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All Blacks’ World Cup success a great example of planning, NZPI ceo says

Auckland – December 17, 2015

The All Blacks’ ultimate success at the Rugby World Cup was one of the best examples of planning in 2015, the New Zealand Planning Institute (NZPI) says.

Proposed changes to the Resource Management Act (RMA), planning discussions on impending sea level rises which could affect many New Zealand cities, more affordable housing and planning for major projects were other major notable issues in 2015, NZPI chief executive Susan Houston says.

NZPI is a fast expanding not for profit key national organisation representing more than 2000 planners all over New Zealand who want New Zealand to be a much better place for future generations because of planning.

“All the New Zealand public can step back and realise that the All Blacks’ world cup success has been the result of four years’ of planning. The same applies for some big projects underway or about to start around the country,” Houston says.

“Planning is a little like housework, you don’t value it until someone stops doing it. NZPI is committed to working with government and leaders on solutions for New Zealanders.

“We are already planning our 2016 national conference in Dunedin in April which will bring together planners to discuss complex issues facing communities today, following 25 years of implementation of the Resource Management Act (RMA).

“We are currently witnessing the launch of some of the biggest infrastructure projects in New Zealand for recent years such as Auckland’s alternative Western Ring $2 billion route road currently under construction, the $5 billion ultra-fast broadband involving local fibre companies and the $5 billion national transmission grid upgrade.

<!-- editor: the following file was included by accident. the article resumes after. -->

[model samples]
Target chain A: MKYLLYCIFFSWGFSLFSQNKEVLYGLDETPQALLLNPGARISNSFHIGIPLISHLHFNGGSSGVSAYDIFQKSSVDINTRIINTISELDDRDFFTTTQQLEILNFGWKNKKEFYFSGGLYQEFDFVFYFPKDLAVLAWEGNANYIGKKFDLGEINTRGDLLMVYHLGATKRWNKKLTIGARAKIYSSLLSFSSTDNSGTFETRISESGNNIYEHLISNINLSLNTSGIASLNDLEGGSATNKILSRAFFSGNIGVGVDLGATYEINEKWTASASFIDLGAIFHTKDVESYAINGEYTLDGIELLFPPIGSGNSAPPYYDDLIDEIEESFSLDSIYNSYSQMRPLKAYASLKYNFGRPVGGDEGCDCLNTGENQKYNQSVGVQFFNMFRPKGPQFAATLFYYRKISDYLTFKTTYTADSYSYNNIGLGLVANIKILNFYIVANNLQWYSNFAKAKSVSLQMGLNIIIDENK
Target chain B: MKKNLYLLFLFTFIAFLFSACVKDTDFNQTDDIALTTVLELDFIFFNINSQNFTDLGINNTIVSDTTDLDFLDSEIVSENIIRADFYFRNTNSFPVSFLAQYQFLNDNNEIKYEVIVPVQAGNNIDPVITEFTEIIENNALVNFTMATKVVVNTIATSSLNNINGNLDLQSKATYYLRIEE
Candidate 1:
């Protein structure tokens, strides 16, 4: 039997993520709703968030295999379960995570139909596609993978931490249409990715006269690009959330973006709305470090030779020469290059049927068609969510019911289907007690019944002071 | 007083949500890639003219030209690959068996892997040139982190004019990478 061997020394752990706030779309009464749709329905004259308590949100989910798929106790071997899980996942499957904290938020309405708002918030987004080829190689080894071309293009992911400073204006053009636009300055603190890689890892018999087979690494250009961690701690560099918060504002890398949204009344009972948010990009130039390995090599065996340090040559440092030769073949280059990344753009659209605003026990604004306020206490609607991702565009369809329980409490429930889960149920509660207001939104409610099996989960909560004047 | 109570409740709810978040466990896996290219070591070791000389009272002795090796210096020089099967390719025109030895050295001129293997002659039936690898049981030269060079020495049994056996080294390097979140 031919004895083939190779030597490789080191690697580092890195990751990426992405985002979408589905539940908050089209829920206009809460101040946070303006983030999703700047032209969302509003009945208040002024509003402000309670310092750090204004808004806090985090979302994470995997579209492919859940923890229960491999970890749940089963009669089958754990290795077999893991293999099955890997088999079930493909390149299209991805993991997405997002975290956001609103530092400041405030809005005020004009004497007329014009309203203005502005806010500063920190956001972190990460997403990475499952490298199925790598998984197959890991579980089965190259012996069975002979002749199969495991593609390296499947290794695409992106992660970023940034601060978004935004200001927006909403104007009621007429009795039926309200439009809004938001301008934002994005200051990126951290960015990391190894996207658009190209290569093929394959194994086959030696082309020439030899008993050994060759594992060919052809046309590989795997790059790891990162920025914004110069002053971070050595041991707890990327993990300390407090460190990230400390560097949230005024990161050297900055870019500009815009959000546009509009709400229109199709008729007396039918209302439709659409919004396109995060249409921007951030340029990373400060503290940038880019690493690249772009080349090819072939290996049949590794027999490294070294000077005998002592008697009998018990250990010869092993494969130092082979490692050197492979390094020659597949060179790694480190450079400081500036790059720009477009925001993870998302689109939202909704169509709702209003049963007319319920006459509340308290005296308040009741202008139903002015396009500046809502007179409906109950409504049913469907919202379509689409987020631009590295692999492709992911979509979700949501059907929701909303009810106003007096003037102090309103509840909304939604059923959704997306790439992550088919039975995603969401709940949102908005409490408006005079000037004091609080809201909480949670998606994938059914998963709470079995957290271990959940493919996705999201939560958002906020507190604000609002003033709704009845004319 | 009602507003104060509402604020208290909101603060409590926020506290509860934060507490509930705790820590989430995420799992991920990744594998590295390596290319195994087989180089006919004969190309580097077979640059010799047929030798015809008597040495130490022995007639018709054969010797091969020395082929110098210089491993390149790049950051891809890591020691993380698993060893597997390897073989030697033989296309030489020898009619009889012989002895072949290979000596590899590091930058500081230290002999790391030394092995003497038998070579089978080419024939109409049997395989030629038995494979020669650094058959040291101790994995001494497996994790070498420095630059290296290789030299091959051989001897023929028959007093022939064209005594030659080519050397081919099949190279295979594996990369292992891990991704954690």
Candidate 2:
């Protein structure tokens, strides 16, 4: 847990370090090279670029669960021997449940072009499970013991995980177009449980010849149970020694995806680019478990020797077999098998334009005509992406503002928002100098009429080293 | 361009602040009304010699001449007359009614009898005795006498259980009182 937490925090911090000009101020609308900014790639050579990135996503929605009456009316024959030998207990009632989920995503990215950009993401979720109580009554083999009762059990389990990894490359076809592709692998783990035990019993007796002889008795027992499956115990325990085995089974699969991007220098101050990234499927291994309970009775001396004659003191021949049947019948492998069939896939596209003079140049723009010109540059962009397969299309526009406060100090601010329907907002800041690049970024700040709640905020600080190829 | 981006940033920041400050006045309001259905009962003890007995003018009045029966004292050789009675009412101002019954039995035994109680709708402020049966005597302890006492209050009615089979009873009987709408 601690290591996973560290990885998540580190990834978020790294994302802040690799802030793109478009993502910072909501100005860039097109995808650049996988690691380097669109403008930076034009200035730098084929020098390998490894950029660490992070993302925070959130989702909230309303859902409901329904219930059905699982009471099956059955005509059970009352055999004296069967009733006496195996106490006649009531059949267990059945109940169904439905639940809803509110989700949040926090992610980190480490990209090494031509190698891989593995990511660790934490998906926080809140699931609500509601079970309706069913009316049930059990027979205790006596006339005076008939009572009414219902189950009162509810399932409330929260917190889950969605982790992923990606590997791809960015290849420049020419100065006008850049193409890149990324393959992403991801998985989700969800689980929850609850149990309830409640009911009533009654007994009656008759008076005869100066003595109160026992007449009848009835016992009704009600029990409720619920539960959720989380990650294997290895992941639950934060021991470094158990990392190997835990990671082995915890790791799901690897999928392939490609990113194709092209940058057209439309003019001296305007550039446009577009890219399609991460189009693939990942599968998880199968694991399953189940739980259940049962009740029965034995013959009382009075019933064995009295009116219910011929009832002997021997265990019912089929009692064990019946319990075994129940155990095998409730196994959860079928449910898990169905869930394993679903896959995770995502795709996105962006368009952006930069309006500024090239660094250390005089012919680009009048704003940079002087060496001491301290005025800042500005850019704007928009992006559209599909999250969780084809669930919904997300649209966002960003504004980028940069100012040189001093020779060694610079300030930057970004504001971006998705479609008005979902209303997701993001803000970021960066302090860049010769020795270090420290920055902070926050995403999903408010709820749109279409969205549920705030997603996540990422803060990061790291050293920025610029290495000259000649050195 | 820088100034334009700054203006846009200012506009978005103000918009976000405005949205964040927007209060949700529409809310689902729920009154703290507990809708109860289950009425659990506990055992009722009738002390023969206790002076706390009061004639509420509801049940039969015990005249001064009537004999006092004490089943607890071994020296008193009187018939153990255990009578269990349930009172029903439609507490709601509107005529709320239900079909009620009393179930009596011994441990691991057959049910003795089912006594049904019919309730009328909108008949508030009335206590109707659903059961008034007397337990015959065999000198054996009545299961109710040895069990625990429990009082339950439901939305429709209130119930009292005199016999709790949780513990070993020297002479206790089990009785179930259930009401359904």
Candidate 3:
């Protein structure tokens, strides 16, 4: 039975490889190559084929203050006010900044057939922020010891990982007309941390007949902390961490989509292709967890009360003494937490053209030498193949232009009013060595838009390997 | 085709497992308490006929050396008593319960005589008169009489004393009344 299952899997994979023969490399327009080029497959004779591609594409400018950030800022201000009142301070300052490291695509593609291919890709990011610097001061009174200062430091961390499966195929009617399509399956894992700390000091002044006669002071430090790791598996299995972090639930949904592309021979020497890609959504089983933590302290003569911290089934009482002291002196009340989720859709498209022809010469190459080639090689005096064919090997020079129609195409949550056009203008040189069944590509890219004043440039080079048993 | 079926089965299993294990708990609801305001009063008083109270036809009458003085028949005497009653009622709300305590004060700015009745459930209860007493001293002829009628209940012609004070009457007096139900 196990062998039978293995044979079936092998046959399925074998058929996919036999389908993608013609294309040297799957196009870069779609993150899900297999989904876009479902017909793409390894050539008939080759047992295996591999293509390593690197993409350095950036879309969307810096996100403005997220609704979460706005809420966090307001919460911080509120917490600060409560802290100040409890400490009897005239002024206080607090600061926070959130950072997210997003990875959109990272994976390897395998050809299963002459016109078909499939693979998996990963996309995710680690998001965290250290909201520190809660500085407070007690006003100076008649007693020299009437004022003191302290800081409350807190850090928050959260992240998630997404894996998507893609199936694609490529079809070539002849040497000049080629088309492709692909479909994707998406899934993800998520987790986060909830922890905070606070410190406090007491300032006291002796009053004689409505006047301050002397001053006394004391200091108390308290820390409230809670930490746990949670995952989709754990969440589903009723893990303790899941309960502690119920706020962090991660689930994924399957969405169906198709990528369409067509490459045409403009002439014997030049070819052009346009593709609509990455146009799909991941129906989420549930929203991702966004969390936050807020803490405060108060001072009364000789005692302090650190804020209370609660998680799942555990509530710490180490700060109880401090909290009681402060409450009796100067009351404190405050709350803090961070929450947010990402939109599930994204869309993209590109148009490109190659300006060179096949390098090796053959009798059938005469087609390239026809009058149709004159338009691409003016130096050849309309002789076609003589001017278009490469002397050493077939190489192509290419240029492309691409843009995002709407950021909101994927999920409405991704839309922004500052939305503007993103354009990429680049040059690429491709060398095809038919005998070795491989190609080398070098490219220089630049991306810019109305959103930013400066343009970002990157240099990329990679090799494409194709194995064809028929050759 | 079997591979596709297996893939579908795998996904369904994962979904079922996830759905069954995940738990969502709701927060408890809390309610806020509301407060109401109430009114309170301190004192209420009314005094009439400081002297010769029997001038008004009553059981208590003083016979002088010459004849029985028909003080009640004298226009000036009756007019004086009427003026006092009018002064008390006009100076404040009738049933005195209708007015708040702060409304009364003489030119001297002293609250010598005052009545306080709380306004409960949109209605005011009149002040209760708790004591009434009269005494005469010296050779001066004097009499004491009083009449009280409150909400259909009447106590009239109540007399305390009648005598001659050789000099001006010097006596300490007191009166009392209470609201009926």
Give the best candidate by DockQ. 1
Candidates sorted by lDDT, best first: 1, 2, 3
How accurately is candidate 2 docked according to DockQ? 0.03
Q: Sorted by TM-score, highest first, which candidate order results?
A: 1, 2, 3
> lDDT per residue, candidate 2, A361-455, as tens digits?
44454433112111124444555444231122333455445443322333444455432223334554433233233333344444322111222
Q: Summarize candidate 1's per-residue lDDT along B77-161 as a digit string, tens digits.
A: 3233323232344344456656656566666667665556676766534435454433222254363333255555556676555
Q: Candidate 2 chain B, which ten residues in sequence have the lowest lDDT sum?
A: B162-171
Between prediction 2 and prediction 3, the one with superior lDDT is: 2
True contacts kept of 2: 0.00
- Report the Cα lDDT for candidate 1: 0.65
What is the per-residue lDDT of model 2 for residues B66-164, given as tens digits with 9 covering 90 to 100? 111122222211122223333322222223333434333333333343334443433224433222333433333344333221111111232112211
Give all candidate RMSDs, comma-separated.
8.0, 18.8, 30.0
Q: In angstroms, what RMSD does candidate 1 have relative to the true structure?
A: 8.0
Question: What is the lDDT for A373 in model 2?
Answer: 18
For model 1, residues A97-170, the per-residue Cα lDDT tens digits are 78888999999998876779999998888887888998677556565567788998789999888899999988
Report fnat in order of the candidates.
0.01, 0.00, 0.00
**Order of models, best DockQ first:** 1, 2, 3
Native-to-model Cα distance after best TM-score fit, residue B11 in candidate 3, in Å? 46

“Auckland and Christchurch housing growth is accelerating. Other projects include the $2.5 Wellington Northern Corridor through Transmission Gully, the $2 billion Waikato expressway, the $2.5 billion Auckland city rail link, the $5 billion Christchurch central city rebuild and the additional $4 billion Waitemata Harbour crossing.

“We need to be equally proactive in planning for issues such as an ageing population, heritage values, water supply, infrastructure, climate change and natural hazards.

“Our big national conference in Dunedin next year has a timely theme relating to the impending RMA reforms which will become law in 2016. NZPI has received a firm commitment from Treasury that it will be consulted on the proposed changes to the RMA and Local Government Act.

“The NZPI has a strong involvement with resilience planning and the principles that underpin it. The issue of affordable housing remains one of the largest economic and social challenges facing some parts of New Zealand.

“New Zealand, like many other developed countries, faces problems relating to land availability and housing affordability with distressingly high levels of poverty evident in some areas.

“Auckland’s case is just one example of where planners are being innovative in responding to the vexatious issue of housing affordability. NZPI has encouraged the Government to constructively consider a raft of issues that could make a real difference to the affordable housing issue within Auckland, such as discouraging land banking through investor incentives, developing new infrastructure funding policies and building material competition within New Zealand.”

For further information contact Susan Houston, NZPI chief executive, on 021 555754 or Make Lemonade media specialist Kip Brook on 0275 030188

Photo: NZPI chief executive Susan Houston

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